8. Attorney Work Product Doctrine. Under Utah Rule of Civil Procedure 26(b)(3) and the Federal Rule of Civil Procedure 26, there is a doctrine, akin to a privilege, which may be asserted both by the client and by the attorney to prevent discovery of materials prepared in anticipation of litigation or for trial by or for the client or by or for the client=s representative (including the client=s attorney, consultant, surety, indemnitor, insurer, or agent). See Hickman v. Taylor, 329 U.S. 495 (1947). The doctrine can apply to protect, for example, attorney notes, which might not be covered by the attorney-client privilege. See Upjohn v. U.S., 449 U.S. 383, 399-400 (1981). This doctrine could assist, for example, accountants who help counsel prepare for tax litigation. See U.S. v. Kovel, 296 F.2d 918 (2d Cir. 1961) (attorney should hire the CPA). Accountants= work papers are covered, if at all, only through the attorney. U.S. v. Arthur Young & Co., 465 U.S. 805 (1984). The doctrine extends to work by the client and its agents at the direction of the lawyer. In re Perrigo Co., 128 F.3d 430 (6th Cir. 1997).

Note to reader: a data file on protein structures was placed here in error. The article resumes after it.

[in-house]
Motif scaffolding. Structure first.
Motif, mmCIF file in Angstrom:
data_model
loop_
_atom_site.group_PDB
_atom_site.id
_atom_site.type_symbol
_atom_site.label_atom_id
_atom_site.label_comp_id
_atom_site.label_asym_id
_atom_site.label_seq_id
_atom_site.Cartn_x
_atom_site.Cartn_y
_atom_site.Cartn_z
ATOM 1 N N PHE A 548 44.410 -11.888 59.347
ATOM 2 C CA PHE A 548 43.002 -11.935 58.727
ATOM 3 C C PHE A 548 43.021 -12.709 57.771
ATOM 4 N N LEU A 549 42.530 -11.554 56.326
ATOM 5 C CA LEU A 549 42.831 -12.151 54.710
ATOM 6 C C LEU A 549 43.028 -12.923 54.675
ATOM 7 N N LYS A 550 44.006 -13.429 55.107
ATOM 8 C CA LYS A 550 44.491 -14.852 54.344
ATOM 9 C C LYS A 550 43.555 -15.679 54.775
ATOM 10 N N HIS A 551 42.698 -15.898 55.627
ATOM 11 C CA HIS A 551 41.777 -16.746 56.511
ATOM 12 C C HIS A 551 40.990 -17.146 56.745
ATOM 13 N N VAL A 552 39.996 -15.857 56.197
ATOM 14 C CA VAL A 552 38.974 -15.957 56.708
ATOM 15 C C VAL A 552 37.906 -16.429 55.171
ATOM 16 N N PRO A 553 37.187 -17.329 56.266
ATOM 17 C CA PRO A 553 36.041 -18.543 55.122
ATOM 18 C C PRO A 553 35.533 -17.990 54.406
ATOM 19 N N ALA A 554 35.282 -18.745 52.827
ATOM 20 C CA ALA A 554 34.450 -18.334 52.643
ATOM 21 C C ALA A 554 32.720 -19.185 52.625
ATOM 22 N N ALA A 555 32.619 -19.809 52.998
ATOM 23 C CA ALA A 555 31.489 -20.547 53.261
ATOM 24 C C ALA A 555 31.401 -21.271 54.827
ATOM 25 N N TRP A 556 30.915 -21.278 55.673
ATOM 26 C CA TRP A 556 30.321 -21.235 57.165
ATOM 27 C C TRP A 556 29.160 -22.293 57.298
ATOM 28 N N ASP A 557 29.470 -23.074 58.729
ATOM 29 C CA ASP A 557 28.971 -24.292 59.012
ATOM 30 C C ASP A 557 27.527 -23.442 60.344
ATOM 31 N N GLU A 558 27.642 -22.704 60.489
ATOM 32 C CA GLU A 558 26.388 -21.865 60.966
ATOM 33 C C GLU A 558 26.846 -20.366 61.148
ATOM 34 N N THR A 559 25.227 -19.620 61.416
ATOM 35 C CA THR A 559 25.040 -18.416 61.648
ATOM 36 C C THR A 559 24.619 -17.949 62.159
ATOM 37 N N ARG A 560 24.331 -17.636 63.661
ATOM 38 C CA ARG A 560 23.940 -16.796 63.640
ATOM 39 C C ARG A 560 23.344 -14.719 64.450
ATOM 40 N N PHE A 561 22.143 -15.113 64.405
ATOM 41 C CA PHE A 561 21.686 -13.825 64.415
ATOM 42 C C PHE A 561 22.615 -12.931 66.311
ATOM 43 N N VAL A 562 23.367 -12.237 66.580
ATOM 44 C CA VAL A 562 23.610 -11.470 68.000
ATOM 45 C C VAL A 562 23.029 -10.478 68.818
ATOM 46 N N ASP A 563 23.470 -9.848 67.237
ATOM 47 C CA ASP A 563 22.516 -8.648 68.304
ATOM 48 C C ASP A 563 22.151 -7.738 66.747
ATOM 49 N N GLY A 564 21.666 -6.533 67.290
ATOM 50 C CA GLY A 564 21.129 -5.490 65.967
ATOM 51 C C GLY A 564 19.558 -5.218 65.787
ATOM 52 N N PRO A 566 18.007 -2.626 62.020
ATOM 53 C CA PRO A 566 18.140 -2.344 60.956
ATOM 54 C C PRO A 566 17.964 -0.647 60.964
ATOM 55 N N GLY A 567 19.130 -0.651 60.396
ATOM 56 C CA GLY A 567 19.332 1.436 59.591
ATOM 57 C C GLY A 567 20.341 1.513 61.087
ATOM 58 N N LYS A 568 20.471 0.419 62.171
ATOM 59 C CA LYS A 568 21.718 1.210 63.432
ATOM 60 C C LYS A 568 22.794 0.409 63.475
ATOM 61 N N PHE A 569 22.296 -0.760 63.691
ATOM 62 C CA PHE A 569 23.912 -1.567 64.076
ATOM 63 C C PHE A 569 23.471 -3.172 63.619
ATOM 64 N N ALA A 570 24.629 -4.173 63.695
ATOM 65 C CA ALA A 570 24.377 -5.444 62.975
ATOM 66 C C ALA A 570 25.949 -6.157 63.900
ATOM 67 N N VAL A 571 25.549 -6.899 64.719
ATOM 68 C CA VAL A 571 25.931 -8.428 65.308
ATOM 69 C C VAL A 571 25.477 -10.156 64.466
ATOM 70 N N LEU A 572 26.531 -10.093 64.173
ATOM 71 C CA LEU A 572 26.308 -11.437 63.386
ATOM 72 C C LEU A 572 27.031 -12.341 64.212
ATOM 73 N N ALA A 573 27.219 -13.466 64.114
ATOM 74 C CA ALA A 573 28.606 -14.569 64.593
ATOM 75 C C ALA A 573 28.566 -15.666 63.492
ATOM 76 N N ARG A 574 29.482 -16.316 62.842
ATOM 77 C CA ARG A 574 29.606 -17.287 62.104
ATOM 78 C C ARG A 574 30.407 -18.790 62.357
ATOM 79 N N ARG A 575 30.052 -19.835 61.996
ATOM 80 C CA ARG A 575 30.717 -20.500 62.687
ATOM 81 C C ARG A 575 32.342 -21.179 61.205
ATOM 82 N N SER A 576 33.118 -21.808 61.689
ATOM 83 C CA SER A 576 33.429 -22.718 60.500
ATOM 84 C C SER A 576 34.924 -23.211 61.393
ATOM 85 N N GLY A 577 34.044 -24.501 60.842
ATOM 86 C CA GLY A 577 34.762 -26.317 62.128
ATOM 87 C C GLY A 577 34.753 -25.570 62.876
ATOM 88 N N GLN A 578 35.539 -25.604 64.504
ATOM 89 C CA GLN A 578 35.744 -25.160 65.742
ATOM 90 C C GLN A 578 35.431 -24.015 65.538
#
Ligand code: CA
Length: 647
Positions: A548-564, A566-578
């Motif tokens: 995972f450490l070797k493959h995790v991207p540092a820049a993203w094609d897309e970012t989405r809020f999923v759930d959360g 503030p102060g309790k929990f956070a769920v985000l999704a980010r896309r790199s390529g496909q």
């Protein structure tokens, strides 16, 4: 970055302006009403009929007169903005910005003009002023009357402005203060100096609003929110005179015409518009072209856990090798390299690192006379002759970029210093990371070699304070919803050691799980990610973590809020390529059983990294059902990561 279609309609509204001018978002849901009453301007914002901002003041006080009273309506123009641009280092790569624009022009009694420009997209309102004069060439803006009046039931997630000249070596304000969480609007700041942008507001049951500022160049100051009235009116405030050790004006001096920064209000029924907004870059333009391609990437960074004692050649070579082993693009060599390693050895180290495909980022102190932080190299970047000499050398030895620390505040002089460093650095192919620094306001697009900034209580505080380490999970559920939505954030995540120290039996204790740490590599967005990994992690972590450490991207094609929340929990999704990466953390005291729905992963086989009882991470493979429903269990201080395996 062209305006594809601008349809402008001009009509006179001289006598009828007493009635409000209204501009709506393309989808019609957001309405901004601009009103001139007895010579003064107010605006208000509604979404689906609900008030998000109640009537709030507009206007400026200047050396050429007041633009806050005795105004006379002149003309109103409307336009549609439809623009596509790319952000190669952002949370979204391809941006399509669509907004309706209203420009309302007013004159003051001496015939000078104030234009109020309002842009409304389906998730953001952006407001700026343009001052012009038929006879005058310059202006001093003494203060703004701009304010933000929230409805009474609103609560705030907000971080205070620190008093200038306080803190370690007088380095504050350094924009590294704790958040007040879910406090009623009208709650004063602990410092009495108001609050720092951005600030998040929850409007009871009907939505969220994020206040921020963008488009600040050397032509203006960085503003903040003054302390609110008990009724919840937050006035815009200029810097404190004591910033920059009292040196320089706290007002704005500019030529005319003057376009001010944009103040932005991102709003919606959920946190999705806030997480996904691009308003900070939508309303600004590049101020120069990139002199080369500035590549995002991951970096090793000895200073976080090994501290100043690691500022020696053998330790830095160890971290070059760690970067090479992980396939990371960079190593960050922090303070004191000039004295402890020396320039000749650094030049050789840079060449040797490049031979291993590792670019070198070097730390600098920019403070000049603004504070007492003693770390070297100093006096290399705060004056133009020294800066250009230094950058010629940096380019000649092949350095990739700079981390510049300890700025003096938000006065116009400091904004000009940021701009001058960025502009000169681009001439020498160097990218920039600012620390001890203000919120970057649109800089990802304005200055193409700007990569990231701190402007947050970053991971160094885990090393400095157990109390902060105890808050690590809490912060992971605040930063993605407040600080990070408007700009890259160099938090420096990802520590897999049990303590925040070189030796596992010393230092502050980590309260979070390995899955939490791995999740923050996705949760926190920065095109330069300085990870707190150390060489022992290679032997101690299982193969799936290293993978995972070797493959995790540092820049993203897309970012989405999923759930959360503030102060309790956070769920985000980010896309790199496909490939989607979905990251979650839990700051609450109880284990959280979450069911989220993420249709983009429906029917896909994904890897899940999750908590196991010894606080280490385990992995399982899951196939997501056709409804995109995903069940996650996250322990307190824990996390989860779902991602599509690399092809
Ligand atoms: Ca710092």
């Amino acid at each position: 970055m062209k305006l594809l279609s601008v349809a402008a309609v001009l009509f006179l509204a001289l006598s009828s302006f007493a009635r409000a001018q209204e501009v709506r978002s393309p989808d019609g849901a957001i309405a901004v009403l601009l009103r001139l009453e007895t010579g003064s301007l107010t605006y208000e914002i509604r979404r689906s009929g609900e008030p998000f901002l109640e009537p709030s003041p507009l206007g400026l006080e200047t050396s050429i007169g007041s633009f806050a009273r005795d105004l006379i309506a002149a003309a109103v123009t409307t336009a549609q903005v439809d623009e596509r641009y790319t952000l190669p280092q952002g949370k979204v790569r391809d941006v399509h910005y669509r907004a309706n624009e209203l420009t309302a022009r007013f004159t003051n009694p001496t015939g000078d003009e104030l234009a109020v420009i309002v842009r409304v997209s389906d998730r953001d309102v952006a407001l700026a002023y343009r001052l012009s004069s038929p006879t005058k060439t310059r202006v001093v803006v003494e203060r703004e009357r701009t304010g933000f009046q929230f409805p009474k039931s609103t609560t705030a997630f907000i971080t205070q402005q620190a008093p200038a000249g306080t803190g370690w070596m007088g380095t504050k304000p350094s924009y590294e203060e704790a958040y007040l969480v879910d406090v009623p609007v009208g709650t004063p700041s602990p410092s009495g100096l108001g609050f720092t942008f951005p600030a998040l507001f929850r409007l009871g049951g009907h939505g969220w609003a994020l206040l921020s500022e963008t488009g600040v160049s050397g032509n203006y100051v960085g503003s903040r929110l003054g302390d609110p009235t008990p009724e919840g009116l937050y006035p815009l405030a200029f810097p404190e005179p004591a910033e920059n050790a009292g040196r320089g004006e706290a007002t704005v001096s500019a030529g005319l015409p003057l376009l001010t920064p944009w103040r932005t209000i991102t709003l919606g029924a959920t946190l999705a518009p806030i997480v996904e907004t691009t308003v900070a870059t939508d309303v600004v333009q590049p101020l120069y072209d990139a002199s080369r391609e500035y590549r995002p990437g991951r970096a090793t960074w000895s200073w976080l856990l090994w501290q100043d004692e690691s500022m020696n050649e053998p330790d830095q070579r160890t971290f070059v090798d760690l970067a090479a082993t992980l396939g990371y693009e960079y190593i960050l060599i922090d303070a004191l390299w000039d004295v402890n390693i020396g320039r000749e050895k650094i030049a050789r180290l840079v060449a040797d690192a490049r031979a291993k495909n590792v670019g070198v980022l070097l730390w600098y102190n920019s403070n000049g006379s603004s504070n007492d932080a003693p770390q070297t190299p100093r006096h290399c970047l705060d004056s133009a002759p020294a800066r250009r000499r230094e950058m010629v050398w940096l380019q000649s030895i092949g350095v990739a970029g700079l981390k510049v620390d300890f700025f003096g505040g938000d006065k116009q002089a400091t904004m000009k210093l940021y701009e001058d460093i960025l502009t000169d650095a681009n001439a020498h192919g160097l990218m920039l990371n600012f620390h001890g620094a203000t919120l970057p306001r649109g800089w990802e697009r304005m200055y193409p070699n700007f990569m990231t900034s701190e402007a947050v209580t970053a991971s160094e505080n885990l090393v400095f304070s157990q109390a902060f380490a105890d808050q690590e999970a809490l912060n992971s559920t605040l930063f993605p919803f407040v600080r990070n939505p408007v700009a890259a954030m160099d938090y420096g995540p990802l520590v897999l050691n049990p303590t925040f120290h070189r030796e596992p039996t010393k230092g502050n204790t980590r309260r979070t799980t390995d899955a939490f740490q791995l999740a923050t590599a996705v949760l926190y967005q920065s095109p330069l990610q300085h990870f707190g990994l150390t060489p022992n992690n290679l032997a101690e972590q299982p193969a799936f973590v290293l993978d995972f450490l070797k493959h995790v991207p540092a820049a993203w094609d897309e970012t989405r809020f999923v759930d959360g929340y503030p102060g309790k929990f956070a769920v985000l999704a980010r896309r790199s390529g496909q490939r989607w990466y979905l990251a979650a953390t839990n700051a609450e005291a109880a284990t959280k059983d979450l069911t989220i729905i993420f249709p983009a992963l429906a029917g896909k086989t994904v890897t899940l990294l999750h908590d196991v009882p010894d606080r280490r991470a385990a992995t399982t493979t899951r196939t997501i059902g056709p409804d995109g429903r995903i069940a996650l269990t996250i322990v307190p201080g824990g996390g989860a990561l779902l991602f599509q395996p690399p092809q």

a. Motive. The level of certainty required by the anticipation of litigation standard is not clear and varies from court to court, but the actual filing of litigation is not needed. See, e.g., Energy Capital Corp. v. U.S., 45 Fed. Cl. 481 (Fed. Cl. 2000); A. Michaels Piano, Inc. v. Fed. Trade Comm=n, 18 F.3d 138 (2d Cir. 1994); Schiller v. N.L.R.B., 964 F.2d 1205 (D.C. Cir. 1992); U.S. v. Rockwell Int=l, 897 F.2d 1255 (3d Cir. 1990); Binks Mfg. Co. v. Nat=l Presto Indus. Inc., 790 F.2d 1009 (7th Cir. 1983). In Utah, a primary motivating purpose test is used in applying the anticipation of litigation standard; the mere possibility that litigation may ensue or the mere fact that litigation does ensue is not enough. Gold Standard v. Barrick Resources Corp., 805 P.2d 164, 169-70 (Ut. 1990).